TEXT / Huang Shan and Huang He
HB STATION Contemporary Art Research Center stands for the preservation and support of experimentation in art. It is a loose yet cohesive institution, but it does not offer absolute guidance or services. Instead, it provides an environment of rapid growth for those who are eager to learn. In other words, HB STATION is a greenhouse, not a garden. A refugee camp, not a club. A hopeful undertaking, not an academy. For its younger members, the protective isolationism of the institution should be discarded in favor of a shared sense of unity to mark a breakthrough in its ongoing process of trial and error.
Although the environment of Guangzhou lacks the proper systems for the art business, it has large numbers of artists and contemporary art enthusiasts. People involved in the art world have a sense of grassroots community organization lacking a fixed focal point. Access to institutions within the professional art industry is greatly limited, and communication with artists has, up to this point, been confined to museum question-and-answer sessions. HB STATION naturally takes shape and emerges under these conditions. Guangzhou is home to a number of art communities such as Libreria Borges, which advocates the study of art and art education and, for a time, created an independent group of art lovers and critics. For local residents, “Huangbian Station was once just a subway station, a place; but now when they hear the words ‘HB STATION,’ they think of the arts.”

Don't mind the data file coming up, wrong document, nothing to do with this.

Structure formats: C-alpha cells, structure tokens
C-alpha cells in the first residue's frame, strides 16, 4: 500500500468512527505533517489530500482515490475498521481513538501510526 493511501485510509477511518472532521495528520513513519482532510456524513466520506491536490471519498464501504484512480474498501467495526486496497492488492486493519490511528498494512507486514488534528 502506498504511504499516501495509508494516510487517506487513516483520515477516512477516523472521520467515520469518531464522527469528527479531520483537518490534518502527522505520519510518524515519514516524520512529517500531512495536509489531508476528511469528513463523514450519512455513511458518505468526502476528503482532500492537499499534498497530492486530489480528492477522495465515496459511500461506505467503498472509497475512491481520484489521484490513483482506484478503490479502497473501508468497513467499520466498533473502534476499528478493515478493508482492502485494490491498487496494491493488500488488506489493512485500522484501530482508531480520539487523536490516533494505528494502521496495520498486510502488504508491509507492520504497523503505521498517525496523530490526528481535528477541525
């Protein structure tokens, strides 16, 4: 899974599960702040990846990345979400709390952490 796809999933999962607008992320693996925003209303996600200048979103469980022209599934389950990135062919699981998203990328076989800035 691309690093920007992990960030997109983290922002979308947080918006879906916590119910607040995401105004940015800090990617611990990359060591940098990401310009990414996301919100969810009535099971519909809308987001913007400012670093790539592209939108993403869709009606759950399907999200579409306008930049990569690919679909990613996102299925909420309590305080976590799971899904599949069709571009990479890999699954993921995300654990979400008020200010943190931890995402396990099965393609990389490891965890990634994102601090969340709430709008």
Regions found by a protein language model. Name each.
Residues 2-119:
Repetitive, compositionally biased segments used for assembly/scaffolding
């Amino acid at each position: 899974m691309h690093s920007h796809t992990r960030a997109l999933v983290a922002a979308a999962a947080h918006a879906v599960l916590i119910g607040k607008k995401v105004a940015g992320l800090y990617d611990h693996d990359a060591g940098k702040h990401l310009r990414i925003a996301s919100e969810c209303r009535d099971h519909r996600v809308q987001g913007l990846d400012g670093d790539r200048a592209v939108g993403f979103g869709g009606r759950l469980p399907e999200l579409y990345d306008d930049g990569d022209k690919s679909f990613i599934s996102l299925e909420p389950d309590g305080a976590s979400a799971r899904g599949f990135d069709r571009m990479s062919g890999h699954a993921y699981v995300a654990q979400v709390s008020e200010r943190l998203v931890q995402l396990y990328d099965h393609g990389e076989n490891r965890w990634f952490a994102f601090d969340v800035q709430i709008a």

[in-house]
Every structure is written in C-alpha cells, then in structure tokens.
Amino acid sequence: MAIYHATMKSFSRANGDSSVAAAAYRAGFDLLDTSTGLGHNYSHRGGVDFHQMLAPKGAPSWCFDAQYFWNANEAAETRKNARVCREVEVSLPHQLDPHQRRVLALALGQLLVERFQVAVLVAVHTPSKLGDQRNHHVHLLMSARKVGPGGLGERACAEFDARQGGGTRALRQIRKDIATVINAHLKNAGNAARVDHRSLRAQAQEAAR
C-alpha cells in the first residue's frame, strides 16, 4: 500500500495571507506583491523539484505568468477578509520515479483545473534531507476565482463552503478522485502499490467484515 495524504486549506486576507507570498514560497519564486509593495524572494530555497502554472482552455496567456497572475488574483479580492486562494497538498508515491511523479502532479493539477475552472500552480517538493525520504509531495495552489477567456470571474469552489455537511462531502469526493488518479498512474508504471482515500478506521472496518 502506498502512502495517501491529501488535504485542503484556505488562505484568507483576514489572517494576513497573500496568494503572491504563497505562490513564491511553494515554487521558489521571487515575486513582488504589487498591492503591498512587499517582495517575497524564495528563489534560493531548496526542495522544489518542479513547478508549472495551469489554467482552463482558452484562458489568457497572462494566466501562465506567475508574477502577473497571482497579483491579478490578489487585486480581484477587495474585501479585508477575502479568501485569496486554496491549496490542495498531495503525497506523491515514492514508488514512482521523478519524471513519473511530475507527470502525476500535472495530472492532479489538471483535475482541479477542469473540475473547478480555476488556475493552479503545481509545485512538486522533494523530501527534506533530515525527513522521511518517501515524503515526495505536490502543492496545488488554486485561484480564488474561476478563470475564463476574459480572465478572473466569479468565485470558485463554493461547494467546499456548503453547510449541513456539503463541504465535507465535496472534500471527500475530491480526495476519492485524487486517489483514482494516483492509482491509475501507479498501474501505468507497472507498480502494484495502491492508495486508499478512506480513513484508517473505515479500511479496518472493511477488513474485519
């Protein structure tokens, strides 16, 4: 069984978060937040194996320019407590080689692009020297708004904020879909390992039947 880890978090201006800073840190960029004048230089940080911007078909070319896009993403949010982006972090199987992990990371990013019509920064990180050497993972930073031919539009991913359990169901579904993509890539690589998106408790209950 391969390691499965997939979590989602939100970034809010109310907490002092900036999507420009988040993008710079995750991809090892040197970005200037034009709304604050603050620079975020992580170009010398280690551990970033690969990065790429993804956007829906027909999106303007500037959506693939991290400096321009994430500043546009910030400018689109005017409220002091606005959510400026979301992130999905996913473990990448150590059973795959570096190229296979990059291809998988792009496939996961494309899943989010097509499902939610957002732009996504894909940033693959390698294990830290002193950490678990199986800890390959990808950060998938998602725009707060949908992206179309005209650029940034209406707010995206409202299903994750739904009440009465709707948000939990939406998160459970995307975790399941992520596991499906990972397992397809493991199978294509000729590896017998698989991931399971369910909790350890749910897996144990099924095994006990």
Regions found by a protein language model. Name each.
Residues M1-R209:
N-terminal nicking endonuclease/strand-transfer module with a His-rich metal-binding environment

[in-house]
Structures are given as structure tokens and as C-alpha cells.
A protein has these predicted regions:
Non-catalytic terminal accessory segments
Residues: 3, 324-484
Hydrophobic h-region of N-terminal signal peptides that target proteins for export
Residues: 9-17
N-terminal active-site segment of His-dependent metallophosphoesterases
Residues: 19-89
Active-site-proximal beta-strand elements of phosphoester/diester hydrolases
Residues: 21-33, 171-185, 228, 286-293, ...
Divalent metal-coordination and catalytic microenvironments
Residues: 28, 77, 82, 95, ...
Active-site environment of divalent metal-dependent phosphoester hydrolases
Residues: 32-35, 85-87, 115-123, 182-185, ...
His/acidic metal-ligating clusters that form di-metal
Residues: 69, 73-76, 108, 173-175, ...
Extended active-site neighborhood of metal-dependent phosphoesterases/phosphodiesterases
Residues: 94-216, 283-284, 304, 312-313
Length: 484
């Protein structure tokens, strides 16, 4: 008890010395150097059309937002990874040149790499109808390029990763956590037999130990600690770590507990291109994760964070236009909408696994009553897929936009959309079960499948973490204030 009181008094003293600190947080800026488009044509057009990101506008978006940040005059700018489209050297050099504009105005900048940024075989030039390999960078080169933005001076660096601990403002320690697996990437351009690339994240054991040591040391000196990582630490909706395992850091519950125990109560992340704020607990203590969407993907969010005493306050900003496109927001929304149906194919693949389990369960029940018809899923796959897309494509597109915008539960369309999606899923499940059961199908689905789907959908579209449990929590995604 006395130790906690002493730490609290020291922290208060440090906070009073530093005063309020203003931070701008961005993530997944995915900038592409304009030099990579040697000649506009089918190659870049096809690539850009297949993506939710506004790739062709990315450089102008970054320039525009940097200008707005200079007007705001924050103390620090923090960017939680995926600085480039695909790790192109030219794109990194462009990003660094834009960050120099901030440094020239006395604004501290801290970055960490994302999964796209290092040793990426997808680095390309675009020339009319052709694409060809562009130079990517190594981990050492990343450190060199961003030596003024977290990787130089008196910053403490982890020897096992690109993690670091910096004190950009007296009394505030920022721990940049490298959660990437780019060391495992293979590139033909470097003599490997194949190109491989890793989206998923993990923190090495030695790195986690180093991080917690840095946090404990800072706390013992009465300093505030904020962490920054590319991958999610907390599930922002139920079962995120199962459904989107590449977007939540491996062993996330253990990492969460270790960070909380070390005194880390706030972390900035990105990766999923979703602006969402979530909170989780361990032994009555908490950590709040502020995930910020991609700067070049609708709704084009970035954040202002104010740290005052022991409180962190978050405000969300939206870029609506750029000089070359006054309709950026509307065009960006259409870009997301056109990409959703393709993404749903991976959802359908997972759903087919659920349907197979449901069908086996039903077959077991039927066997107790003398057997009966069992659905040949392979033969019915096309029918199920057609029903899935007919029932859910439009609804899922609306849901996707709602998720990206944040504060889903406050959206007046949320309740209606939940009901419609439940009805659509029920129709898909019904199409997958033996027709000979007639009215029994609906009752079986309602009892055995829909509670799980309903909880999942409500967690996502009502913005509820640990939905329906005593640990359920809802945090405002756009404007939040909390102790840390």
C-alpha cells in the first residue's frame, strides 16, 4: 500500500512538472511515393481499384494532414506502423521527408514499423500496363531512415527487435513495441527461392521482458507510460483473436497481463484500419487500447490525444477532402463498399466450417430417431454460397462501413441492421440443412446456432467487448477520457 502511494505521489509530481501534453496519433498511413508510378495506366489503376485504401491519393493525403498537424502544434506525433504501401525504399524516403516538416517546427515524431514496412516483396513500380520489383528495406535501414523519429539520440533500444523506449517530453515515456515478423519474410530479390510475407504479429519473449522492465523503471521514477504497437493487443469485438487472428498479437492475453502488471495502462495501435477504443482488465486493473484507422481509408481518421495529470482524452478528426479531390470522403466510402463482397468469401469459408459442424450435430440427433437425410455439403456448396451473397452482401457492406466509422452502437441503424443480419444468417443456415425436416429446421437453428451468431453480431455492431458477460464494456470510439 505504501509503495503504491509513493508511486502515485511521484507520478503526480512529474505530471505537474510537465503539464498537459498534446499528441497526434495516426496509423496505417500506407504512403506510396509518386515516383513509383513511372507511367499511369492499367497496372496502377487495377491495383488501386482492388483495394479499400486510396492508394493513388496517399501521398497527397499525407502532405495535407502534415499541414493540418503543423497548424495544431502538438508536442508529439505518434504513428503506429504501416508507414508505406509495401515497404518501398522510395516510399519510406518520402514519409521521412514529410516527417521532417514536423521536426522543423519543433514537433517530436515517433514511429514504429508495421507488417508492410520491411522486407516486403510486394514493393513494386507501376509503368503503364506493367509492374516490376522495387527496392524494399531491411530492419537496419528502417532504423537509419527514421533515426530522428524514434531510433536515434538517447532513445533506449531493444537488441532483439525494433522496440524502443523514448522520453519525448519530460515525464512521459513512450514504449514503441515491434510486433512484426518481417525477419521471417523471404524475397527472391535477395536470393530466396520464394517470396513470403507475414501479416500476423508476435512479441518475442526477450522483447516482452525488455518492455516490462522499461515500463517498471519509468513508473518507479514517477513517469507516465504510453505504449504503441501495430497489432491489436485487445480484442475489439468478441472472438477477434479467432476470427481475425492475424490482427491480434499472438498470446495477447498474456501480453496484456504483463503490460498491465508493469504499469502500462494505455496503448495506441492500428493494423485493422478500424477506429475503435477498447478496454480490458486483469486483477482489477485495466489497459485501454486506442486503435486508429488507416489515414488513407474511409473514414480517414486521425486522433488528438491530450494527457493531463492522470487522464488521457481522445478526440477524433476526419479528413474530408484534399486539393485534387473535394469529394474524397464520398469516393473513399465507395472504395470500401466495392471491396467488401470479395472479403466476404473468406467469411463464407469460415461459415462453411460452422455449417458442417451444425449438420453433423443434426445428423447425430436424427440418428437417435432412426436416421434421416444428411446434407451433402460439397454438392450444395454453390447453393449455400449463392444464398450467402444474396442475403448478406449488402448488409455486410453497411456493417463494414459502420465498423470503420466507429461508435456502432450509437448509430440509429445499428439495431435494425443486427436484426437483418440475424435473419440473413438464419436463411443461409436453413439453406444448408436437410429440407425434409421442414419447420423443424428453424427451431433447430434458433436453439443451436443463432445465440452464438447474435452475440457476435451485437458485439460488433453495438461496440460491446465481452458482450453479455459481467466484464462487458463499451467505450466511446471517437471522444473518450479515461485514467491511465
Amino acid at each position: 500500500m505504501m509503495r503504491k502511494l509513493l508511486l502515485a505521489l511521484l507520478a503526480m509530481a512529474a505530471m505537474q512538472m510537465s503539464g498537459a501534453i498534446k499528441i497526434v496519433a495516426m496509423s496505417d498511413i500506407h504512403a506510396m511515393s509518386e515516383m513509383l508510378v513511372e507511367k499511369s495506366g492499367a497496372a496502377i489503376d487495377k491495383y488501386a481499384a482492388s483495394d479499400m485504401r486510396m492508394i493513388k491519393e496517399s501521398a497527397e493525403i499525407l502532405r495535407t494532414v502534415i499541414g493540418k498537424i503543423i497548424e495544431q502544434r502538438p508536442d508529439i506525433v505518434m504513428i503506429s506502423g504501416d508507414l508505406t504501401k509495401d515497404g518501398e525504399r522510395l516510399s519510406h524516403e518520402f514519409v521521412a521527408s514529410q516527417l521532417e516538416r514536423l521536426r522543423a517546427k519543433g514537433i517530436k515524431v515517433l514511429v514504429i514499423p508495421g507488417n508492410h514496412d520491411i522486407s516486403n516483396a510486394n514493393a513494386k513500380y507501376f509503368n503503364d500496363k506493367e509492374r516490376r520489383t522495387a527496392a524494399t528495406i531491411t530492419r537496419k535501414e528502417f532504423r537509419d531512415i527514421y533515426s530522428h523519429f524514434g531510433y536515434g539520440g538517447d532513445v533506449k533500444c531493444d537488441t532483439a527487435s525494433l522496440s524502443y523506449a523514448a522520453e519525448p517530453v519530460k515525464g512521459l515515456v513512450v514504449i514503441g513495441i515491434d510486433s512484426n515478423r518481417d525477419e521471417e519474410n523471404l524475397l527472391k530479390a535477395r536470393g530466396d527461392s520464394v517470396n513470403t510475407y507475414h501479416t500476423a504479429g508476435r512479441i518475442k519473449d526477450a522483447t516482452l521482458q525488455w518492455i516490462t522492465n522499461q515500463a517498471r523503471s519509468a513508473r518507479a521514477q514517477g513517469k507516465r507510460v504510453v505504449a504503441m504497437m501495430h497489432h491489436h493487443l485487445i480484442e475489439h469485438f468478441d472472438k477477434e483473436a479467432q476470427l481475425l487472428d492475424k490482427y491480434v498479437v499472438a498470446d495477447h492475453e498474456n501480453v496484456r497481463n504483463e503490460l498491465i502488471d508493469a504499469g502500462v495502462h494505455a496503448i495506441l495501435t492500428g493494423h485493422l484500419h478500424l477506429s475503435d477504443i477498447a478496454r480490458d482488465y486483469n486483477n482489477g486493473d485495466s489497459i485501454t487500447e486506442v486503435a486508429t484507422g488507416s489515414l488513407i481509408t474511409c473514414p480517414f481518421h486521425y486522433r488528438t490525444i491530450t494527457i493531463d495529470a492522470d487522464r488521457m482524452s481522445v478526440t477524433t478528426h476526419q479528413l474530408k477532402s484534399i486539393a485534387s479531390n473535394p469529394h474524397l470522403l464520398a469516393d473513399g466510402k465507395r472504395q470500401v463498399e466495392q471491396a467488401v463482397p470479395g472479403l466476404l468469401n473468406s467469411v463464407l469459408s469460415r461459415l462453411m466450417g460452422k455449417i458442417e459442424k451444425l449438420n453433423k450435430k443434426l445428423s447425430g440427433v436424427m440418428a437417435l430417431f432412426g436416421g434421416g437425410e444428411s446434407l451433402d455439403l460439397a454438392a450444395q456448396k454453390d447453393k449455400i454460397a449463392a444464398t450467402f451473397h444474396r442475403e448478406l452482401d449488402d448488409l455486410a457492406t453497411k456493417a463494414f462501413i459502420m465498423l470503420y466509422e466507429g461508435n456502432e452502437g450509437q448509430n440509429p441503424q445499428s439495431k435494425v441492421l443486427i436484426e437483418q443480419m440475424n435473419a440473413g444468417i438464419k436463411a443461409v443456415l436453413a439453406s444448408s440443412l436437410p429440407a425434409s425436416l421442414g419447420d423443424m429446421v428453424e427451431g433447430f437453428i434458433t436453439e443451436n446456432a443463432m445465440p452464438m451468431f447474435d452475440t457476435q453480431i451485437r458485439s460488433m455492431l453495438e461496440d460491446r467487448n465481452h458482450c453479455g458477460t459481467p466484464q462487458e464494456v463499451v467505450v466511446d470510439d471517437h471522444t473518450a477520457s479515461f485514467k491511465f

In June, 2012, Huang Xiaopeng withdrew from the Guangzhou Academy of Fine Arts Oil Painting Department, and Wang Huangsheng left the Guangdong Museum of Art. That same year there were rumors of the end of the world. Despite their isolation, a few remarkable art institutions persisted; at that time, many wondered about Guangzhou’s artistic capabilities, only to realize that it had only mediocre platforms for artistic exchange. Within the following six months, however, HB STATION emerged to reignite an art scene, recruiting members with Huang Xiaopeng and Xu Tan as experienced moderators.
HB STATION Contemporary Art Research Center began by encroaching on commercial real estate. Due to the specific physical restraints of the two-story space, or perhaps its awkward location behind the guard station of the Contemporary Rose Garden community, the storefront was unable to be rented out for retail. Nikita Yingqian Cai became one of the curators at the Times Museum, bringing a strong focus on young local artists, just as Huang Xiaopeng left the Academy; HB STATION was then born through rigorous negotiation. There are numerous reasons for property developers to support contemporary art. It would not be easy to give an accurate description of the current relationship between Times Museum and HB STATION, but suffice it to say that Times has never pressured or manipulated the group.